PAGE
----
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April 1967

Capillary Microscopy: Abnormalities in Cystic Fibrosis, Congenital Heart Disease, and Mongolism

Author Affiliations

Los Angeles
From the Division of Cardiology, Department of Pediatrics, University of California at Los Angeles School of Medicine, Los Angeles.

Am J Dis Child. 1967;113(4):439-443. doi:10.1001/archpedi.1967.02090190085006

ATTENTION has recently been directed toward the anatomy and physiology of the microvasculature. In humans, the direct observation of capillaries has been limited to but a few areas, namely, the conjunctivae, ocular fundi, and the skin. Because of its unique anatomic structure, the nailbed affords a readily accessible area for microscopic visualization of the capillaries.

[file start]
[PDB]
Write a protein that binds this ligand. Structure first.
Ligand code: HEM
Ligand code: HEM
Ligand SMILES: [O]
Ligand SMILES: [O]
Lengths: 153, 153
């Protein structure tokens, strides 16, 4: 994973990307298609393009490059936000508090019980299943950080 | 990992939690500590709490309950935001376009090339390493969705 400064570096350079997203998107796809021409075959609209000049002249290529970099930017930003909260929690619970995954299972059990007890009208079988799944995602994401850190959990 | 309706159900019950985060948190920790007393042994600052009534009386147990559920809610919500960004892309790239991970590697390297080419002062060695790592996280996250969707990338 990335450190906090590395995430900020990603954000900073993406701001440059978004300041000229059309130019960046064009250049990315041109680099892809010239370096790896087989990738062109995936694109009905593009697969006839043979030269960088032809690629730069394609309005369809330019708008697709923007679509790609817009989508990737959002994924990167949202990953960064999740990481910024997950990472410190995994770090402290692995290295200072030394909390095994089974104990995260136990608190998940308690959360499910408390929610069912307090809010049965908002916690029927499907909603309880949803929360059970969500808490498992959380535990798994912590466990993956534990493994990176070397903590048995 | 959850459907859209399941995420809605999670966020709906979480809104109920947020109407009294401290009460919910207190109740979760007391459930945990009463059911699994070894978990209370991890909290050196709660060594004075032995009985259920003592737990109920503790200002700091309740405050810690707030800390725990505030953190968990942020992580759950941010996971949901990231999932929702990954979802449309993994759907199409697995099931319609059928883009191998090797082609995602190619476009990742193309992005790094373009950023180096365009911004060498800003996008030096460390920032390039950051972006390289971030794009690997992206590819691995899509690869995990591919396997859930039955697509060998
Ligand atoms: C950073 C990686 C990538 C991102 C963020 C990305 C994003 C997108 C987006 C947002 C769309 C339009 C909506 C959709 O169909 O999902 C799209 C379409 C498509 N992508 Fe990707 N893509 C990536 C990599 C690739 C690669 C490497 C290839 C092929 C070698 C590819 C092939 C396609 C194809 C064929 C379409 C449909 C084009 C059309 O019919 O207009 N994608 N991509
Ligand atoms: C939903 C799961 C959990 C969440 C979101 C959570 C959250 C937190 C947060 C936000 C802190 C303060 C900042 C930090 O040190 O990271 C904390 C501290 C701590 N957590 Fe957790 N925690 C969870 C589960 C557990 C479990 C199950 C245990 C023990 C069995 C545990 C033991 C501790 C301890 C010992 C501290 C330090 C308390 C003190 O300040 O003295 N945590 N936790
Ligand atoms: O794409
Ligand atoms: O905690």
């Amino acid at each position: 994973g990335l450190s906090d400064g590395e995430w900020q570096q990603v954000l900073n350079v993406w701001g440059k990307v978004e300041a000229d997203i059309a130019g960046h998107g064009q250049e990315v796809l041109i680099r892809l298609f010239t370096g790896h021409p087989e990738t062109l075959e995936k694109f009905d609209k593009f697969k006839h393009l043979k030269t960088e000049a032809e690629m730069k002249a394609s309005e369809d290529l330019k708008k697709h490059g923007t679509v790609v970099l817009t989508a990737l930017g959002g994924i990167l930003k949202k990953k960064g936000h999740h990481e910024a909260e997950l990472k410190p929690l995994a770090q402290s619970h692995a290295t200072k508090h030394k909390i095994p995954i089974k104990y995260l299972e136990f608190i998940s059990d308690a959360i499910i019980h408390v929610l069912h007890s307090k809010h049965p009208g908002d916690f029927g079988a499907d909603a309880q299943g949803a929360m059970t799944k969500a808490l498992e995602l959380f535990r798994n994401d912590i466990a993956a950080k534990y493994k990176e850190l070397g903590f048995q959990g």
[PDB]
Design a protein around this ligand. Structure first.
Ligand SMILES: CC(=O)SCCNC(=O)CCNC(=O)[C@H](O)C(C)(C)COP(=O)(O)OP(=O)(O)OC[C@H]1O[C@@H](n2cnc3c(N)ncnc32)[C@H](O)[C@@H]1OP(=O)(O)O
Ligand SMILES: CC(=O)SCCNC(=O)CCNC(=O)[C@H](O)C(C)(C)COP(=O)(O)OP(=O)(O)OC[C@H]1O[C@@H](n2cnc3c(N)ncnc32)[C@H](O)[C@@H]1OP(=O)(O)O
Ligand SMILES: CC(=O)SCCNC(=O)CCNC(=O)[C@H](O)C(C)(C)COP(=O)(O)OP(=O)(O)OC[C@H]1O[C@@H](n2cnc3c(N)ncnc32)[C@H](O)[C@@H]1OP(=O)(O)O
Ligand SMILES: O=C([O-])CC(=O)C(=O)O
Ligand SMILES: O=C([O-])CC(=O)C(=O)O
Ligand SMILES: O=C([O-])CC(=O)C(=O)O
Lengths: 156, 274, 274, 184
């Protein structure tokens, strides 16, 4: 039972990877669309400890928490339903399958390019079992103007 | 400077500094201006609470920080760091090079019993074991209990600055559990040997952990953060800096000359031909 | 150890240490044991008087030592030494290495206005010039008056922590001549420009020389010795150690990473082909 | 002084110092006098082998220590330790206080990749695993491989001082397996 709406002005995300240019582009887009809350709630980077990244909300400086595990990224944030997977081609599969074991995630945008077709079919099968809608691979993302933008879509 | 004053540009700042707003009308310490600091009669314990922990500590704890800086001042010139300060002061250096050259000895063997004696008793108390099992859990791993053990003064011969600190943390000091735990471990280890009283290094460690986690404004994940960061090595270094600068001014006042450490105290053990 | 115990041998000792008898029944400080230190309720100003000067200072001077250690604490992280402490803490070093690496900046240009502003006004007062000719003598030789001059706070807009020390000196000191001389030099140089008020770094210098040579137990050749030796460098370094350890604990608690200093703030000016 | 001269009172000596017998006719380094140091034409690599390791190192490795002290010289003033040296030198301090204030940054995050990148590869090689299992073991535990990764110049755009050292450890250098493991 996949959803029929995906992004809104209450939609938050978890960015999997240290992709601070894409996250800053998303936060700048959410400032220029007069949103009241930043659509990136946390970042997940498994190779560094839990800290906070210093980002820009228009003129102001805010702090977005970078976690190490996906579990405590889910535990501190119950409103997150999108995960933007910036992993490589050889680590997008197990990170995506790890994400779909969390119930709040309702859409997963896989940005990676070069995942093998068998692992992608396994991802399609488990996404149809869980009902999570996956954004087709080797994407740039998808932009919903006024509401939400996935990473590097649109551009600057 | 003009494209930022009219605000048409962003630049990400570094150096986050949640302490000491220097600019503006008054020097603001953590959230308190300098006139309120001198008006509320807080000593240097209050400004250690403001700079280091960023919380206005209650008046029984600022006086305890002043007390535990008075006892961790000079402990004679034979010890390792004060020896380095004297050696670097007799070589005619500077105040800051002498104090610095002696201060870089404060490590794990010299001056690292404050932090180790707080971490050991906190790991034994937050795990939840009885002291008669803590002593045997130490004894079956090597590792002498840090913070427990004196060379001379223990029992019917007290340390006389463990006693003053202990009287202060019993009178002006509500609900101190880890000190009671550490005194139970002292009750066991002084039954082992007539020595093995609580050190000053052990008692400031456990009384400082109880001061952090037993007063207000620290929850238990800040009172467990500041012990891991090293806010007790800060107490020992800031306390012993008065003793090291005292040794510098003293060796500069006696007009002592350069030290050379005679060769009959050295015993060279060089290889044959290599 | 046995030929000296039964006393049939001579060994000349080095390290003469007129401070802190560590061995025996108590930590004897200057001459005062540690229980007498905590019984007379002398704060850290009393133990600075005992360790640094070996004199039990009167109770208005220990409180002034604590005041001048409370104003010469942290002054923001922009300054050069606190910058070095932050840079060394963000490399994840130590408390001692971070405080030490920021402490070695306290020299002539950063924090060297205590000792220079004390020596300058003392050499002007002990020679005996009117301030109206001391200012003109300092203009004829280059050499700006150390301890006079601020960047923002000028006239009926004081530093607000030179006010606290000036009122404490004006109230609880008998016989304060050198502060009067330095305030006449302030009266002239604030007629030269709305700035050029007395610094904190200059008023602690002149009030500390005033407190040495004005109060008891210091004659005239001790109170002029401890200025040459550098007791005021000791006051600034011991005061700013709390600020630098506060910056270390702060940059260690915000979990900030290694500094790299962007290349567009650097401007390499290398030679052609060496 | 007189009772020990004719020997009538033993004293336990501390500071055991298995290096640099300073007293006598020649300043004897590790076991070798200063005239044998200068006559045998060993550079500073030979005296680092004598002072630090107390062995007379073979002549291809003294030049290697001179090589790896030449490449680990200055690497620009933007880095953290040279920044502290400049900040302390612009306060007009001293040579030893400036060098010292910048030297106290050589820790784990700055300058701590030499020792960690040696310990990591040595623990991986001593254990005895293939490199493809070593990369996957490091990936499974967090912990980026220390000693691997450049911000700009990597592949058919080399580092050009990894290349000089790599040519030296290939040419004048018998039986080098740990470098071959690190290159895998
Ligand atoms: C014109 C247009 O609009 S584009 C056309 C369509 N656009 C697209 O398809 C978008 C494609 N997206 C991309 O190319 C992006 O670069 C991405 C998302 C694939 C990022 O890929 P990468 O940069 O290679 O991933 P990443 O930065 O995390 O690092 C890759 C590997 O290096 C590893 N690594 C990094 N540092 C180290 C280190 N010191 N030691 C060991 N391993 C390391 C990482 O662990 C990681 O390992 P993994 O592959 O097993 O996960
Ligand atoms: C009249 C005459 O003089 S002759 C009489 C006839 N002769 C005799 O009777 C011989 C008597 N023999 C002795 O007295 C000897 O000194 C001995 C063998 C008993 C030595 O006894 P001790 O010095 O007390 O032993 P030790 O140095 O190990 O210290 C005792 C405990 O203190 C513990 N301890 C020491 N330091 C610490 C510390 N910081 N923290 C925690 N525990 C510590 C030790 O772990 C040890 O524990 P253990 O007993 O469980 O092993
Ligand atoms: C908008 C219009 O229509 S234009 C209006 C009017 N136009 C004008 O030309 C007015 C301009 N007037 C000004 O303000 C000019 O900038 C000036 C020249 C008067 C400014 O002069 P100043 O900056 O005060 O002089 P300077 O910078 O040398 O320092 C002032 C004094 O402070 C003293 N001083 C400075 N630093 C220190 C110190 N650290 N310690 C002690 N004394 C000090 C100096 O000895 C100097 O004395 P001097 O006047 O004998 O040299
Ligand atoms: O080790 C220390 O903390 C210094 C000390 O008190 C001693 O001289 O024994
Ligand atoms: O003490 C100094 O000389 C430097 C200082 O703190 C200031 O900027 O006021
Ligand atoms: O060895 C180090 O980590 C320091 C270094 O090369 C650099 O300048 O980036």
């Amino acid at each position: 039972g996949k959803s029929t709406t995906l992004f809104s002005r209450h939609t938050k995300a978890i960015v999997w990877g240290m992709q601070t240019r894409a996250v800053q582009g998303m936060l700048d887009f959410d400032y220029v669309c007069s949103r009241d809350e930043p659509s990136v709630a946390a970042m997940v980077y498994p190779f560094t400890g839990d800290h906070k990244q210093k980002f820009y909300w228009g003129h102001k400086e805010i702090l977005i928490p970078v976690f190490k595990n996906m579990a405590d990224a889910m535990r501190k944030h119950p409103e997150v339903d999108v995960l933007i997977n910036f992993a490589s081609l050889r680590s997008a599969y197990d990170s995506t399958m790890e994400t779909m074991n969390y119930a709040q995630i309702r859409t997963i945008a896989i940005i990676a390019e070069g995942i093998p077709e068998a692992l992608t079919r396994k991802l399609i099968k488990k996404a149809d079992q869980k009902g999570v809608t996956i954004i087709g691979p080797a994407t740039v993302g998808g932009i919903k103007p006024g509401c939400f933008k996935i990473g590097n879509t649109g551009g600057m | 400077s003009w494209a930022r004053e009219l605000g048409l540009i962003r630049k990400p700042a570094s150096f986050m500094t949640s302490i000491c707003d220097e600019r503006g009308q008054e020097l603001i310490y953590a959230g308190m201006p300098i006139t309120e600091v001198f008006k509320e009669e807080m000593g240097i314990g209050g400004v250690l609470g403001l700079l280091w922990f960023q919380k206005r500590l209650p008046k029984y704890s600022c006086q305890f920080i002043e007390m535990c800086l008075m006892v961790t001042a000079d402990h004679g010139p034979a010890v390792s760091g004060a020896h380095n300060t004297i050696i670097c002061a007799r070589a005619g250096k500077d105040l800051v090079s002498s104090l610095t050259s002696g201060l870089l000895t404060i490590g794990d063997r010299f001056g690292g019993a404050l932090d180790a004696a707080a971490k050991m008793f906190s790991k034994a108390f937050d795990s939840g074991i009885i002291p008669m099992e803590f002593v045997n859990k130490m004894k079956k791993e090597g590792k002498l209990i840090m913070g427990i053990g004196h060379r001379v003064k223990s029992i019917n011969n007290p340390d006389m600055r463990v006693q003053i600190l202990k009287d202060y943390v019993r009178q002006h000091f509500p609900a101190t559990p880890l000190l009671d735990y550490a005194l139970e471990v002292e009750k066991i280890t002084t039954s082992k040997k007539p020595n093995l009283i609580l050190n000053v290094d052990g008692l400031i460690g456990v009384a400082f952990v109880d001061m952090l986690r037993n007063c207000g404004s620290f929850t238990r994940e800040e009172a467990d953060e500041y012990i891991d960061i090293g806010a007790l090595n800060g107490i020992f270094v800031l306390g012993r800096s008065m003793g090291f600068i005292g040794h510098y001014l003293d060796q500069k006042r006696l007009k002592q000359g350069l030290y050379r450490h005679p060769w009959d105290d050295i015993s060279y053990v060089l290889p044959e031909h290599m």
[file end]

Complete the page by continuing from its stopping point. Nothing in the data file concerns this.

Capillary microscopy was originally described in 1912 by Lombard1 and subsequently reviewed in the pediatric literature by Leader.2 Recently Kontras and Bodenbender3 described abnormal capillary morphology in congenital heart disease and noted its association with blood coagulation defects. Similar studies have also been reported in mongoloid children.2 The present investigation was undertaken to extend these observations and to study the morphology of the nailbed capillaries in children with cystic fibrosis.

Materials and Methods  One hundred and ten children and adolescents were examined. Twenty (age 4 to 16 years) were normal, 23

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